They also had no bathroom, they had a chamber bucket that would have to be emptied into the outhouse. This was a chore none of the girls enjoyed. My Mom Helen noted it was embarrassing because their home was close to the State Troopers Barracks, and on some days when she was doing this task they’d be out doing their morning drill. She did her best to get the task done without being noticed.
Incidentally, turns out the State Trooper Barracks just happened to be on the grounds of what was formerly Albright College, which is now located in Reading, PA and the college my Son attends. It wasn’t until I started writing this post that I realized this. Kind of makes me think my Mom, who passed 3 years before my Son graduated from high school, helped to steer our decision toward Albright
After David passed, Sallie moved in with her daughter Mickey, her husband Forrest and their oldest Son Jimmy, who David had endearingly called “Jimmily.”
Speaking of “Jimmily”, there is on last thing to note about David.
One of my Sisters recalls David bouncing her and Jimmy on his knee and singing an old PA German rhyme called “Hubber-de-bubber-de”
The song went like this: (PA German) Hubber-de-bubber-de, unnichem bank, Hubber-de-bubber-de, owwichem bank, siss keen mann im ganse land Das hubber-de-bubber-de fange kann. (En fatz.)
Translated it is: Hubber-de-bubber-de, under the bench, Hubber-de-bubber-de, over the bench; There is no man in all the land Can catch hubber-de-bubber-de again.
Can you guess what the song was about? I’m guessing not. It’s about a fart.
Who would have know?
The PA German were noted for silly little rhymes, some of which made no sense, but they sounded great in PA German. In her later years Sallie would often rock in her seat and rattle off rhymes. I’m sure it brought her comfort.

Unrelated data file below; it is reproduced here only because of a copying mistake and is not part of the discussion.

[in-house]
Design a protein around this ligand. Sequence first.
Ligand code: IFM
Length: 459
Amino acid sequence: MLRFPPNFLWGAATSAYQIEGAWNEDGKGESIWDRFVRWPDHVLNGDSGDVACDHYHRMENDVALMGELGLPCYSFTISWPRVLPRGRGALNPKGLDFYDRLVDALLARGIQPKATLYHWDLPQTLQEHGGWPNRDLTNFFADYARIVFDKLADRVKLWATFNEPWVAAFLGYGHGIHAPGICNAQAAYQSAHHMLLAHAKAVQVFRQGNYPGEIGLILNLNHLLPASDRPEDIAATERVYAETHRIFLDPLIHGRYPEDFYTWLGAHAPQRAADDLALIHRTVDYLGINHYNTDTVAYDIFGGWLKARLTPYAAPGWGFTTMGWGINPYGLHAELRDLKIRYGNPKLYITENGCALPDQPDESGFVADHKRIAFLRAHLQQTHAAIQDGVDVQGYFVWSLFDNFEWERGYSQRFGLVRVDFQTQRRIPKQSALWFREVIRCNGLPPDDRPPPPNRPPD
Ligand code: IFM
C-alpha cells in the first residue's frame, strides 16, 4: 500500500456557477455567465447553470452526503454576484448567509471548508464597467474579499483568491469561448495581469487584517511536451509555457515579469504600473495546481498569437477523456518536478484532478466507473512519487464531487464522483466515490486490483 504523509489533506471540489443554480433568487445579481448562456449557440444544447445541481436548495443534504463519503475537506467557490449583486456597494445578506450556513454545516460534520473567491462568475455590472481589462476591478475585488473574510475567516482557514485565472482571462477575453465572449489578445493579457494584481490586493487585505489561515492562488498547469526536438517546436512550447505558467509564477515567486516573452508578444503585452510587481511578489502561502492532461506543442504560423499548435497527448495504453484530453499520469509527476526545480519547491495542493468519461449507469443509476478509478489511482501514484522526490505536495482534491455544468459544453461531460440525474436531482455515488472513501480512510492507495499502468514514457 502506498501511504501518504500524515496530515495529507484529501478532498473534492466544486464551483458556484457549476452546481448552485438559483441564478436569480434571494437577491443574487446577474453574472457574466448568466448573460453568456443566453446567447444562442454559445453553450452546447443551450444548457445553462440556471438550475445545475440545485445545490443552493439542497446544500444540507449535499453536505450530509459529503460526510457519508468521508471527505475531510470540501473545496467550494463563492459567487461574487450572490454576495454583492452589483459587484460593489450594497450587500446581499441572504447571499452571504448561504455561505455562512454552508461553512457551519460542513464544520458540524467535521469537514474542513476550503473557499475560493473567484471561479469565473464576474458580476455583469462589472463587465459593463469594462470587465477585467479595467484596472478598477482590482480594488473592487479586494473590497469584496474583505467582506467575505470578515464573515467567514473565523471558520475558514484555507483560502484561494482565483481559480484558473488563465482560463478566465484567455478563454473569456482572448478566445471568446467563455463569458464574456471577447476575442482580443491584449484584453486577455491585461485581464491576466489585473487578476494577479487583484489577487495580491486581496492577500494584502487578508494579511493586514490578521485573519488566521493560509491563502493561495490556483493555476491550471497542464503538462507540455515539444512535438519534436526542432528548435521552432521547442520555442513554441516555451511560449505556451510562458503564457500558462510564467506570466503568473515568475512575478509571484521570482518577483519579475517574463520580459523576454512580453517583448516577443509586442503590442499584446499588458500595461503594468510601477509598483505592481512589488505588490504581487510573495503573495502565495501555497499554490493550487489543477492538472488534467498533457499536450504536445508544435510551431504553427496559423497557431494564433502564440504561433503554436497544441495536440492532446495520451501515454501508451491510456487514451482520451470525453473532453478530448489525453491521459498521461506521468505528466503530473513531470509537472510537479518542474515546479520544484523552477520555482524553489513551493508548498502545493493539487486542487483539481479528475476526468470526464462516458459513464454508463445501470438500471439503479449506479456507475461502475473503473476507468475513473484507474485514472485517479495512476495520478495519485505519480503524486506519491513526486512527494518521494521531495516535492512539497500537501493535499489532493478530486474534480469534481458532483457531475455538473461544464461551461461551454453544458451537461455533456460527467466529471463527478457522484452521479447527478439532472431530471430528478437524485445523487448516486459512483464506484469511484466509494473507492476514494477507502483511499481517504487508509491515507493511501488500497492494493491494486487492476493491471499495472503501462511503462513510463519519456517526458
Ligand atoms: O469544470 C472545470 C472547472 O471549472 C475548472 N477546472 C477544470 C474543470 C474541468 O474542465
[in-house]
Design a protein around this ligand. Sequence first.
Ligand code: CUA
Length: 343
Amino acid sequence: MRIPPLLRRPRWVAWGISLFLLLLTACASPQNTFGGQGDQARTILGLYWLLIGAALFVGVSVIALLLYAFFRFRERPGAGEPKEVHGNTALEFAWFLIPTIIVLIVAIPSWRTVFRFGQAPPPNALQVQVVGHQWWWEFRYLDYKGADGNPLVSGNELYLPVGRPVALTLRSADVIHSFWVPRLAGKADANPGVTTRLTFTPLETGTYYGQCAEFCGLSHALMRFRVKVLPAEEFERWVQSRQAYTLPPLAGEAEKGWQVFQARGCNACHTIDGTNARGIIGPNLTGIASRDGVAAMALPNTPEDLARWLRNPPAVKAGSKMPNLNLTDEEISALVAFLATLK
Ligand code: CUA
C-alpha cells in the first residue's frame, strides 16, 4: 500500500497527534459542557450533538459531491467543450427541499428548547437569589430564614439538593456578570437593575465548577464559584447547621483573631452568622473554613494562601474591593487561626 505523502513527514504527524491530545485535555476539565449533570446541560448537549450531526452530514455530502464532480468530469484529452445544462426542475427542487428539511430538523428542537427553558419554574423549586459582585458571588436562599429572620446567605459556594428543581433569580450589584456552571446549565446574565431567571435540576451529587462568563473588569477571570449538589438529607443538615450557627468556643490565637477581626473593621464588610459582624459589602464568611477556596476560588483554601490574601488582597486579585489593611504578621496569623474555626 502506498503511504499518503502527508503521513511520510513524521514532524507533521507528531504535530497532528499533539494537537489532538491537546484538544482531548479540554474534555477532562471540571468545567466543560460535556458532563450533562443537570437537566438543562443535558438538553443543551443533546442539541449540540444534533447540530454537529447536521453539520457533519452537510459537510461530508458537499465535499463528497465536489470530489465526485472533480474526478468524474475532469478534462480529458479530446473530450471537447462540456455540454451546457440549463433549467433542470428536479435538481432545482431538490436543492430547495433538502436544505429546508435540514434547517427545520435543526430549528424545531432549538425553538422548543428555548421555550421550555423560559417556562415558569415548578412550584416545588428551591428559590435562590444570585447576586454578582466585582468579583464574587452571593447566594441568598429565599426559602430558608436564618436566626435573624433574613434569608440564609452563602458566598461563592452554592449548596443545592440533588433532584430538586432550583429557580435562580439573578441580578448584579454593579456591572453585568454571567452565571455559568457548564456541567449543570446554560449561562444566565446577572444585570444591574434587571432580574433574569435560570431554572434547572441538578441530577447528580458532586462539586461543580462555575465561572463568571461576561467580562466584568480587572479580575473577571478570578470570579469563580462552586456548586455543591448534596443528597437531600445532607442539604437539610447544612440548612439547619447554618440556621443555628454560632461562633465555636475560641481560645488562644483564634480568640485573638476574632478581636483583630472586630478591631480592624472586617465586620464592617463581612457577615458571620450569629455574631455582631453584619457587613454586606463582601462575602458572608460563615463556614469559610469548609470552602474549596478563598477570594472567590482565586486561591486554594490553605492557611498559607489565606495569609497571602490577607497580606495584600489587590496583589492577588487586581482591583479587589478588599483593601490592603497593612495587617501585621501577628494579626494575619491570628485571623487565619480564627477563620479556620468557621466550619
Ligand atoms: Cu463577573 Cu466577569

In her prime though, Sallie was full of wisdom and some of her quotes still hold true today like:
“Don’t let the sun set on your anger.”
My Mom Helen often used this all though she would say “Don’t go to bed angry.” Something my siblings and I remember when a conflict arises.
“Stop it off when it gets ugly.”
I’m thinking these words of wisdom are very crucial now considering the state of the world.
“If the good Lord wanted you to know it, you would know it.”
This one sounds like a classic for all Parents. Wish I had known this one when my Son was younger.
Sallie would live with Mickey and Forrest and their family until her passing in 1972. As I noted earlier, she was senile by the time I was old enough to know her, but she had the sweetest smile and the most gracious heart.
She loved spending time with us younger grandchildren, and it was comforting for us to have her nearby.
Sallie’s senility kept her stuck in the old days and would cause some confusion at times, but it was never anything serious. One of my favorite stories goes back to a time when she and Mickey’s family and Kassie were visiting our house.
Sallie was sitting with my Mom, Mickey, her husband Forrest and Kassie on our carport in the early evening and noticed a light shining on a statue near our goldfish pond next to our shed. When she inquired as to who the lady by the chicken coupe was, my Mom told her it was Mary.
Her response “Mary Who?”
My Mom responded, “Jesus’ Mother.”
Sallie then responded, “Well that’s alright then.”
This transaction was repeated multiple times throughout the evening, which is why the “Mary Who?” story has become part of the family legacy.
Family legacy is a funny thing. As we’re growing up, we generally don’t think about it. We hear stories told by the elders of the family, but don’t think much about them until we too are becoming the elders.
As I’ve spoke with my siblings and cousins, we all noted we wished we had written some of the stories down because now, when we want to remember, we only recall fragments.
Fortunately, there are enough of us that we can piece together the details we each remember to make a fluid story of the Dechert Girls and their parents Sallie and David.
A key thing that has fallen by the way side though is the impact the Markey and Dechert families have left on history. If not for my Sister Georgene’s interest in our family heritage and ancestry, we would not be aware of these facts because they were never mentioned.